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May 07, 2009


David Ewart

Hi Kurt,
Thanks for your response. Preparing the slides left me discouraged too. I'd now say that the data shows that this not just us UCC folks - this is a trend now affecting all churches in Canada and the US. And in a nutshell, there is widespread and deep social change that is too big for each congregation to successfully respond to by itself. We need radical cooperation to address this. And. We also need to learn how to evolve our form of doing church so that we feed from what there is more of in the environment rather than continuously adapting to what there is less of. Which is easy to say - but no one that I know of really has any idea how to do this in a way that is financially and organizationally self-supporting. Our presbytery - Vancouver Burrard - is also looking at exactly the same issues - so share all your good ideas with us!!!


Hi David,

Your work is immensely helpful if discouraging. In our September meeting of Hamilton Presbytery, we were shown a pie-chart of a recent survey just analyzing congregational survivability. 5% were certain to survive, 15% with change, 15% with lots of change, 15% with radical change; 50% with no hope of survival. Very sobering for everybody. The new theme is 'discipleship' which I agree is the solution. What to reject is a 'citizenship' agenda, i.e., rid ourselves of the 40+ year agenda training everyone to be agents of cultural relevance.

Kurt Anders Richardson,
Ryerson United Church, Ancaster, Ontario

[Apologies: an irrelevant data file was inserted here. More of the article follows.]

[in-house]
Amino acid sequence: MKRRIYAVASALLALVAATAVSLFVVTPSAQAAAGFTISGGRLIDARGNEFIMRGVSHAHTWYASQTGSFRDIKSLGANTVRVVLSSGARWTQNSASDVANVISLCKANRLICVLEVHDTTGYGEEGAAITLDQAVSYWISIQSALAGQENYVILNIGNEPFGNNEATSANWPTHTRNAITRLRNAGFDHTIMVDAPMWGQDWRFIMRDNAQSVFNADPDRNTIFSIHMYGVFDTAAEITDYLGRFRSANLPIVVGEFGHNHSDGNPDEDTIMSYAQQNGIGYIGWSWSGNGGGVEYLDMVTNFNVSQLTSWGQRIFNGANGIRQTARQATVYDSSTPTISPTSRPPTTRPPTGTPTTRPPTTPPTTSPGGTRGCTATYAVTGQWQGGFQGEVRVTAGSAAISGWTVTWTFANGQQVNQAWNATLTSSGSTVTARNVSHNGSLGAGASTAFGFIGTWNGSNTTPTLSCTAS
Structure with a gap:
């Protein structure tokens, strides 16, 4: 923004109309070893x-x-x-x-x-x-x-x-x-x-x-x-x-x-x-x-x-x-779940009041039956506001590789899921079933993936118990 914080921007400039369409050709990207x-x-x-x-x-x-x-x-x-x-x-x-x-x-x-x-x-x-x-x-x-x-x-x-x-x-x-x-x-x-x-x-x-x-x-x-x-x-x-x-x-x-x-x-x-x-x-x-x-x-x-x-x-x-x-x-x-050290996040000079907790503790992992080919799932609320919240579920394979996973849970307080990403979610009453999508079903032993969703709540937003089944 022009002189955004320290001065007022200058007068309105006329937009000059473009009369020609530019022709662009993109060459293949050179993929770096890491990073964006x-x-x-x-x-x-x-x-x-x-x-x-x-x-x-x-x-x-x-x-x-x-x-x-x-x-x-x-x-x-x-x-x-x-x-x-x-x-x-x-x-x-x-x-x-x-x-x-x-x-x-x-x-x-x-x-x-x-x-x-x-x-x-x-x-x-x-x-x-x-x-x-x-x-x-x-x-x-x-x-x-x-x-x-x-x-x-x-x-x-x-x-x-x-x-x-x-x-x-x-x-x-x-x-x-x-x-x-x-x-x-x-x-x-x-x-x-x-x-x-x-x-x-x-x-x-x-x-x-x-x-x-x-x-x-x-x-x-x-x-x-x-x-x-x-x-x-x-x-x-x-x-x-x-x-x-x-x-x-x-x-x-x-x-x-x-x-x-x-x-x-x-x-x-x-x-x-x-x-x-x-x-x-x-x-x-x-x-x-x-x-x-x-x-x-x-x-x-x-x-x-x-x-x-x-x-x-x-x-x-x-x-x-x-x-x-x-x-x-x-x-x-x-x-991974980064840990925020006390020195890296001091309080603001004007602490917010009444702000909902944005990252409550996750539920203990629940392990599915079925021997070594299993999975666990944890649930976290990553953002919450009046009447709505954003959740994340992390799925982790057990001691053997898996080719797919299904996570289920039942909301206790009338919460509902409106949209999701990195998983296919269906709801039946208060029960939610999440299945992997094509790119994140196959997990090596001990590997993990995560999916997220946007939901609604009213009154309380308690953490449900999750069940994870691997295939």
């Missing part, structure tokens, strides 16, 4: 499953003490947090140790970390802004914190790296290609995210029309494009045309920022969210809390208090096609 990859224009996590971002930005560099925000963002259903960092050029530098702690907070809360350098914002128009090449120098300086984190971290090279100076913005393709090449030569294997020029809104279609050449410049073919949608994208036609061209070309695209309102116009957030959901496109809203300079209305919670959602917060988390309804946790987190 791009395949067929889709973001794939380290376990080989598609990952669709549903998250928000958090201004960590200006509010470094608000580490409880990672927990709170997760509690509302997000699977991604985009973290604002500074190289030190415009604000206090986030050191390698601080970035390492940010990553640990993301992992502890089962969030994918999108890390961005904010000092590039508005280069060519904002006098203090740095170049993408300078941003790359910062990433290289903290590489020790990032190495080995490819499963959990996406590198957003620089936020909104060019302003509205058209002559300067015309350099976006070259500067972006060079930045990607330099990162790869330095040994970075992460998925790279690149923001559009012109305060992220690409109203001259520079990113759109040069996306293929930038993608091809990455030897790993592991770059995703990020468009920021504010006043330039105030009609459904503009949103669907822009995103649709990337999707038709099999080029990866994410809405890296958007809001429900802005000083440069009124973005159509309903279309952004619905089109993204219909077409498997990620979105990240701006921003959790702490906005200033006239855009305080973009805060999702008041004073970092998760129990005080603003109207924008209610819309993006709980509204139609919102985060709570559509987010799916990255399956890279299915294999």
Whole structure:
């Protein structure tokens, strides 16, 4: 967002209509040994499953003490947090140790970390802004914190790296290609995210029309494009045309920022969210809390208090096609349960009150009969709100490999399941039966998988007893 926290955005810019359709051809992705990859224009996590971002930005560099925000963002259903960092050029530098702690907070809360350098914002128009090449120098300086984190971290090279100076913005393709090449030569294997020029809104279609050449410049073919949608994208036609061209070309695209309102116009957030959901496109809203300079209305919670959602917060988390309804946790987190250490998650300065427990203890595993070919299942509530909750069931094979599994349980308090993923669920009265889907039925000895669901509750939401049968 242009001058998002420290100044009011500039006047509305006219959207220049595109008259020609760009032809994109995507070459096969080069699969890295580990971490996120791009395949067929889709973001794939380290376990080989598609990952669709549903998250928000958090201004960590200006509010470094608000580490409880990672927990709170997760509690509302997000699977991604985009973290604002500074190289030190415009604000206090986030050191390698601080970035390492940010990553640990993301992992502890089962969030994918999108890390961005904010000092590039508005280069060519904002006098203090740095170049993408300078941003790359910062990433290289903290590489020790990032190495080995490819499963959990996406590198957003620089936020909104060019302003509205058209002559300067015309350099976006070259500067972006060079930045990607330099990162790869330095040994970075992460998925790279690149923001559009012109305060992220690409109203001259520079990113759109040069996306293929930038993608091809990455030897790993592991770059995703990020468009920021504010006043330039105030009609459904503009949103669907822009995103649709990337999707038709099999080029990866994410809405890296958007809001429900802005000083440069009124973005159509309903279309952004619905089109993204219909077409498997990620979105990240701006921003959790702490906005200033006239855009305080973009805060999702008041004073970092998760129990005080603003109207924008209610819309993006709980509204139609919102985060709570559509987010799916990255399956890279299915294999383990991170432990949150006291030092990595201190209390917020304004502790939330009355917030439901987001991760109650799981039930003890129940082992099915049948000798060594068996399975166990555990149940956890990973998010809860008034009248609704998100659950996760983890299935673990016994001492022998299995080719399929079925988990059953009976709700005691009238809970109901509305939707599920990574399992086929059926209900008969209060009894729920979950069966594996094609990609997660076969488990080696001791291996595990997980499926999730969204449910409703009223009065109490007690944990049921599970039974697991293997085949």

David Ewart

Hi Bill,

Thanks for the response and questions.

I have used Excel 2007 for all the graphing, including using the TREND function for the projections - it is a fairly simple "least squares" calculation.

I have done some testing - which I can post later - where I used the data for 1988 to 1997 to project the TREND for 1998 to 2007. The 2007 TREND result and the actual result differed by about 1%.

The Annual Comparitive stats are available as an Excel spreadsheet from the GC Office. I'd be interested in seeing whatever results you might get exploring other possible ways of projecting future trends.

My analysis actually EXPLICITLY said, "if the trend of the past decade continues unchanged."

Personally, I hope the trend does change.

But the questions that must be addressed are:

* What reasonable reasons are there to believe that the trend will change? Simply hoping they will is not a good "reason."

* What long term plans / actions is anyone taking to try and change these trends? I say "long term" because - unlike the stock market - demographic trends do NOT change overnight. In fact, it may take decades before any change is seen. And, as I have said, if the trend of the past decade continues unchanged - we don't have decades.

Thanks for the questions. Conversations make for richer, more nuanced understandings.

David E.


David, it looks like you are using straight line approximations for your projections. Are they statistically valid? If you used regression analysis would you get a different result?

There is no question that the church is in a state of decline according to a number of measures, but your analysis implicitly assumes that no changes will be made. Is that assumption reasonable?

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